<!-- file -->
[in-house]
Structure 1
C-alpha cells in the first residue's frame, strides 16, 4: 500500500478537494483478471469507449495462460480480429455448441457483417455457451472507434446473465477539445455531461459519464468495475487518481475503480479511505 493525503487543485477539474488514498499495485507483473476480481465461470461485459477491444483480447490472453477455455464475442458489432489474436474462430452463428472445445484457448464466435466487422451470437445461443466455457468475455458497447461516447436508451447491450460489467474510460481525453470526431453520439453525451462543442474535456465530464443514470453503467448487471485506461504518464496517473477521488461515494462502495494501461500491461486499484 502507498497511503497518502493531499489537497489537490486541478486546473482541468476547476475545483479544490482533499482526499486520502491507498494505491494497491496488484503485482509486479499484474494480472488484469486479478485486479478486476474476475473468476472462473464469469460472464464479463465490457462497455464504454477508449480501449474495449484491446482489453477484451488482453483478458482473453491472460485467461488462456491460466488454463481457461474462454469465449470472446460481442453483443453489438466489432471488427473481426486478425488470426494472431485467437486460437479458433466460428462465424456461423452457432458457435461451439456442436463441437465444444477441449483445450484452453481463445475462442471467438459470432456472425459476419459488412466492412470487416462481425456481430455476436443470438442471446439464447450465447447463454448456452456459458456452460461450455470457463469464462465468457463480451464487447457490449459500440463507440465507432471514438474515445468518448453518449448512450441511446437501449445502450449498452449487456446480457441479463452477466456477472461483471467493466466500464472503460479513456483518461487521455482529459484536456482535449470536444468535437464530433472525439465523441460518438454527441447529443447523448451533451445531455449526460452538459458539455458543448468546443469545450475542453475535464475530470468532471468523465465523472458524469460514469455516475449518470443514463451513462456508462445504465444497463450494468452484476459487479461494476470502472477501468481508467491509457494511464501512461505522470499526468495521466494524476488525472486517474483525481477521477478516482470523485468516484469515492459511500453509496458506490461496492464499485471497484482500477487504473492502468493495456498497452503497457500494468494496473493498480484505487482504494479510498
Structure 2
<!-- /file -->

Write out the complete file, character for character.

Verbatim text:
[in-house]
Structure 1
C-alpha cells in the first residue's frame, strides 16, 4: 500500500478537494483478471469507449495462460480480429455448441457483417455457451472507434446473465477539445455531461459519464468495475487518481475503480479511505 493525503487543485477539474488514498499495485507483473476480481465461470461485459477491444483480447490472453477455455464475442458489432489474436474462430452463428472445445484457448464466435466487422451470437445461443466455457468475455458497447461516447436508451447491450460489467474510460481525453470526431453520439453525451462543442474535456465530464443514470453503467448487471485506461504518464496517473477521488461515494462502495494501461500491461486499484 502507498497511503497518502493531499489537497489537490486541478486546473482541468476547476475545483479544490482533499482526499486520502491507498494505491494497491496488484503485482509486479499484474494480472488484469486479478485486479478486476474476475473468476472462473464469469460472464464479463465490457462497455464504454477508449480501449474495449484491446482489453477484451488482453483478458482473453491472460485467461488462456491460466488454463481457461474462454469465449470472446460481442453483443453489438466489432471488427473481426486478425488470426494472431485467437486460437479458433466460428462465424456461423452457432458457435461451439456442436463441437465444444477441449483445450484452453481463445475462442471467438459470432456472425459476419459488412466492412470487416462481425456481430455476436443470438442471446439464447450465447447463454448456452456459458456452460461450455470457463469464462465468457463480451464487447457490449459500440463507440465507432471514438474515445468518448453518449448512450441511446437501449445502450449498452449487456446480457441479463452477466456477472461483471467493466466500464472503460479513456483518461487521455482529459484536456482535449470536444468535437464530433472525439465523441460518438454527441447529443447523448451533451445531455449526460452538459458539455458543448468546443469545450475542453475535464475530470468532471468523465465523472458524469460514469455516475449518470443514463451513462456508462445504465444497463450494468452484476459487479461494476470502472477501468481508467491509457494511464501512461505522470499526468495521466494524476488525472486517474483525481477521477478516482470523485468516484469515492459511500453509496458506490461496492464499485471497484482500477487504473492502468493495456498497452503497457500494468494496473493498480484505487482504494479510498
Structure 2